How school boards, and by extension, the provincial government, closes schools is a nightmare. After years of angst and controversy, many Hamiltonians would readily agree.
But few people are willing to reform what has become a failed process that disregards community wants and isolates the school board from the rest of the community.
School boards are beholden to the provincial government for all their financial support through a flawed funding formula that forces boards to close schools with low enrollments in order to build new schools to service areas of highest need.
And when boards are forced to close schools they attempt to mollify residents through these accommodation review committees to gather “input” from parents. In fact, these ARCs are often nothing more than an attempt by the board to sell their decisions to an angry and frustrated public.
It is with this understanding that some politicians and residents are calling for the province to establish a moratorium on further closures in the city.
This is nothing more than politicking at its worse.
Why should the province stop the process in Hamilton while forcing other communities in Ontario to make the difficult decisions local trustees are trying to avoid? And make no mistake, if a moratorium was granted it wouldn’t make the problem go away, it would only delay the inevitable.
The crux of the issue is how to reform what is considered a broken funding formula that puts school boards into a box from which they are unable to emerge. School closings are inevitable in a system that rewards efficiency and good planning. Demographic shifts in areas that were once full of children have occurred in Hamilton and they no longer have the population to fill the neighbourhood school. Every facility that is significantly below its capacity forces the board to run an inefficient and expensive system that diverts money from other educational priorities.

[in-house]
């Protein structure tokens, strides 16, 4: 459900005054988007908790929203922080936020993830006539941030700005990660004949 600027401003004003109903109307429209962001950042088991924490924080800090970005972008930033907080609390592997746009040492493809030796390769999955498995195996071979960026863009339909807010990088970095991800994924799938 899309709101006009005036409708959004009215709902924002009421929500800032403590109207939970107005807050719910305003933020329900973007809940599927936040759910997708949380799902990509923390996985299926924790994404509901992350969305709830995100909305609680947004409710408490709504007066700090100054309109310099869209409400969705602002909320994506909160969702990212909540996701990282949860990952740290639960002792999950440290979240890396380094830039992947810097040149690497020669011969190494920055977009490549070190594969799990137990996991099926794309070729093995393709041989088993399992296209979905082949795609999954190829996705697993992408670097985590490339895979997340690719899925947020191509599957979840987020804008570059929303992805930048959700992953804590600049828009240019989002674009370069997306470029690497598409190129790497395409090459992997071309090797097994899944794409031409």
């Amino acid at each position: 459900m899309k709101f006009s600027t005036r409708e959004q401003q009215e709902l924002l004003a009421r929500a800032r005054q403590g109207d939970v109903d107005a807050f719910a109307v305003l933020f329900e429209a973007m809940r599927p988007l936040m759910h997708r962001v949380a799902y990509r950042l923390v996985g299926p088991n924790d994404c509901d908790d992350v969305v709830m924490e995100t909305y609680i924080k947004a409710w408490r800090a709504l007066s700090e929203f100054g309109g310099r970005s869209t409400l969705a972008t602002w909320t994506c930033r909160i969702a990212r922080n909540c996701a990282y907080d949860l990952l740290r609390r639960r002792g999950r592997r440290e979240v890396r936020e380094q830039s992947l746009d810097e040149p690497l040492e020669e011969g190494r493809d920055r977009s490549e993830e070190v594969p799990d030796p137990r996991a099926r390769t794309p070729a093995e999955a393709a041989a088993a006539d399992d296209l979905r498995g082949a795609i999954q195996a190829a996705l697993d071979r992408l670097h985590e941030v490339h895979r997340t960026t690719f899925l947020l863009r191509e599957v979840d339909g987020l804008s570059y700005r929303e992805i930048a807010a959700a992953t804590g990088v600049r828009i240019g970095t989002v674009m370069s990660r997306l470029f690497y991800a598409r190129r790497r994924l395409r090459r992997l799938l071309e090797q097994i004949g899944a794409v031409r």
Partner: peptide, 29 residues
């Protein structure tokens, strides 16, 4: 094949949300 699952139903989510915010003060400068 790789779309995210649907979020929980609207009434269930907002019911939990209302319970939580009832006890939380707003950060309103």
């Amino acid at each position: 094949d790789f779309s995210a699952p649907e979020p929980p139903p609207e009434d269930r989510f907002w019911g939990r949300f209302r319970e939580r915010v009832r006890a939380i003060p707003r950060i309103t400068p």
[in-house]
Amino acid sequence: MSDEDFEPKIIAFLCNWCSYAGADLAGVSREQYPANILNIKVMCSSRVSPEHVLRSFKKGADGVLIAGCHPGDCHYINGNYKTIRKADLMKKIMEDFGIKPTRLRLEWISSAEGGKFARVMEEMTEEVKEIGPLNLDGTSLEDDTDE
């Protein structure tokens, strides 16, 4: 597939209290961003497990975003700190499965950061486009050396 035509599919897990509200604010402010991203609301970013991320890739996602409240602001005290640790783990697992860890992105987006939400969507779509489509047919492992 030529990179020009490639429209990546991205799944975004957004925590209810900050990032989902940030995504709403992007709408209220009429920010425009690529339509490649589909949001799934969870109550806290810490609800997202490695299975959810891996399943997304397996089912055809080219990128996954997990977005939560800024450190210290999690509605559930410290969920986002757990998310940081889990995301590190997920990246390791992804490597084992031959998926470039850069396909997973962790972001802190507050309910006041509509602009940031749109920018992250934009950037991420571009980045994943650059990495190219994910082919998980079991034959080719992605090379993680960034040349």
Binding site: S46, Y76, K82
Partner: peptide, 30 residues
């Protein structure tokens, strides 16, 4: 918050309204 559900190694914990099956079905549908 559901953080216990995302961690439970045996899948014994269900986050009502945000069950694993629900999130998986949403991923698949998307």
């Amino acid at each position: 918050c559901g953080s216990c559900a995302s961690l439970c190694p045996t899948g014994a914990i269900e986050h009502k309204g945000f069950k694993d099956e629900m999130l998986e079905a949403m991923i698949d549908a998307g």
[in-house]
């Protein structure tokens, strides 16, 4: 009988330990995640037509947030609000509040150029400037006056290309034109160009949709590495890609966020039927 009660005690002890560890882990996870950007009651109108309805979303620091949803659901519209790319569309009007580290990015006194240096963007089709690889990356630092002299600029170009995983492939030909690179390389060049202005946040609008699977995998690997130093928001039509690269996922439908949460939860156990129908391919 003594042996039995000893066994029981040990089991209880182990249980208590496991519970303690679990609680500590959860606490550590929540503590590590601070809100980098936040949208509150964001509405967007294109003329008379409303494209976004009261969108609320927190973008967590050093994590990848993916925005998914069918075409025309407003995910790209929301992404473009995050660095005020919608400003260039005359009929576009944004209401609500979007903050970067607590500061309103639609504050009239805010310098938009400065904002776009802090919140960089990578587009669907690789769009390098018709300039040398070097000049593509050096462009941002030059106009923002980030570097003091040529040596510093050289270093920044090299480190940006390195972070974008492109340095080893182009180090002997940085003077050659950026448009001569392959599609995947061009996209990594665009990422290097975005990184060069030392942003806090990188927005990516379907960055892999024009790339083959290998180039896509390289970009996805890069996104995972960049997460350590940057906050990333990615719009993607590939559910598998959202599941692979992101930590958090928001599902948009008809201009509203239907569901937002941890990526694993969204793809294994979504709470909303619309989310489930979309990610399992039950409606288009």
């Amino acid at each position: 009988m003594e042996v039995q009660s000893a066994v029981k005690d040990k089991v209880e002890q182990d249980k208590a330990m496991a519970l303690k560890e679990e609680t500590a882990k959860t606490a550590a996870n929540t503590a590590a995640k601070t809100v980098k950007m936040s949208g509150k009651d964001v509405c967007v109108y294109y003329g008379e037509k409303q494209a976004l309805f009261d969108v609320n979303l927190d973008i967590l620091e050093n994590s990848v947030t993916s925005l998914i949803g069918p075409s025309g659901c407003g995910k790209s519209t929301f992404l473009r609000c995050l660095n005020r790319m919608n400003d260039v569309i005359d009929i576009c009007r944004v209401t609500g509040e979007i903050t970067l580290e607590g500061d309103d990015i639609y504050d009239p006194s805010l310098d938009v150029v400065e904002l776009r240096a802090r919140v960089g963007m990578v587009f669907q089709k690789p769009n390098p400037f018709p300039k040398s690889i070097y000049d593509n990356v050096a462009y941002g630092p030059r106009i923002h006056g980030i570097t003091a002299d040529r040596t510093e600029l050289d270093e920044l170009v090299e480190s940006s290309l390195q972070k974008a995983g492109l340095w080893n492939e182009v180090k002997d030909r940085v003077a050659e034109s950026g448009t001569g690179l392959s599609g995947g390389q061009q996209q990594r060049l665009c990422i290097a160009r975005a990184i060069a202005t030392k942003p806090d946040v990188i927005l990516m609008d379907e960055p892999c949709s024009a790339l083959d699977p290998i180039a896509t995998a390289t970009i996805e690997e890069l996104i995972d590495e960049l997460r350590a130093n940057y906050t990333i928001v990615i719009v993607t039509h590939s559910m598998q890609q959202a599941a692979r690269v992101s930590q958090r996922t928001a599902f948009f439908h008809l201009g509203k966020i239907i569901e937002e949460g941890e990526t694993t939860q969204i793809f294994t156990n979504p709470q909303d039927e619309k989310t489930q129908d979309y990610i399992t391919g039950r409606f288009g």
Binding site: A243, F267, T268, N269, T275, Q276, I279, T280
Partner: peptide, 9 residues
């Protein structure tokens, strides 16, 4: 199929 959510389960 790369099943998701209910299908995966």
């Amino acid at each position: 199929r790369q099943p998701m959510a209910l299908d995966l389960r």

The province needs to determine what is the purpose of closing schools. Is it to improve the education system? Or is it to make sure all their bottom lines add up?
One consideration may be to review the present financial formula and give boards back their taxing power.
While it’s worth discussing, even if more responsible funding measures may not be the silver bullet school closure advocates are hoping for to protect their favourite neighbourhood facility.
The day of reckoning has arrived, and tough decisions need to be made: close schools and face the wrath of parents or change the system and face an uncertain outcome. With a provincial election expected this spring, now is the time to start this debate. At the moment there is little the Hamilton-Wentworth District School Board can do to prevent school closures, that can only come from Queen’s Park and it’s long past time for this issue to be discussed once more.